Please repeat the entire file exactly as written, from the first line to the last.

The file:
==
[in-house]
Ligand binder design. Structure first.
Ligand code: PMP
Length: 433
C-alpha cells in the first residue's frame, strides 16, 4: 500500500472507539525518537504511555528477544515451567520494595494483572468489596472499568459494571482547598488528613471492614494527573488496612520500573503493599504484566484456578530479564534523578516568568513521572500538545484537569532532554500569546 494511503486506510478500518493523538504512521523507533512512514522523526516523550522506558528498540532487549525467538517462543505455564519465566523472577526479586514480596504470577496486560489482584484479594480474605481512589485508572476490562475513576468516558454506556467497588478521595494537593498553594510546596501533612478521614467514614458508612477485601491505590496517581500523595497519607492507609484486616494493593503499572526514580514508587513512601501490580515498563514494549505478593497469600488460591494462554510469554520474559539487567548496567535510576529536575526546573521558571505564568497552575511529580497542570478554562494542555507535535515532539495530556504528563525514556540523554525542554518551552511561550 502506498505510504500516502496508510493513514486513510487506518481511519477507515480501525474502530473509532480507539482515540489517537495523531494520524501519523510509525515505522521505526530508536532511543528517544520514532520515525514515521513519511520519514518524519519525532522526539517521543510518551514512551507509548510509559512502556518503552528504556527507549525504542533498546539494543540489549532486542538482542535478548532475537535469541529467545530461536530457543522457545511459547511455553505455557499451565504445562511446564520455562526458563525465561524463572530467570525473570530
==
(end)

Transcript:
[in-house]
Ligand binder design. Structure first.
Ligand code: PMP
Length: 433
C-alpha cells in the first residue's frame, strides 16, 4: 500500500472507539525518537504511555528477544515451567520494595494483572468489596472499568459494571482547598488528613471492614494527573488496612520500573503493599504484566484456578530479564534523578516568568513521572500538545484537569532532554500569546 494511503486506510478500518493523538504512521523507533512512514522523526516523550522506558528498540532487549525467538517462543505455564519465566523472577526479586514480596504470577496486560489482584484479594480474605481512589485508572476490562475513576468516558454506556467497588478521595494537593498553594510546596501533612478521614467514614458508612477485601491505590496517581500523595497519607492507609484486616494493593503499572526514580514508587513512601501490580515498563514494549505478593497469600488460591494462554510469554520474559539487567548496567535510576529536575526546573521558571505564568497552575511529580497542570478554562494542555507535535515532539495530556504528563525514556540523554525542554518551552511561550 502506498505510504500516502496508510493513514486513510487506518481511519477507515480501525474502530473509532480507539482515540489517537495523531494520524501519523510509525515505522521505526530508536532511543528517544520514532520515525514515521513519511520519514518524519519525532522526539517521543510518551514512551507509548510509559512502556518503552528504556527507549525504542533498546539494543540489549532486542538482542535478548532475537535469541529467545530461536530457543522457545511459547511455553505455557499451565504445562511446564520455562526458563525465561524463572530467570525473570530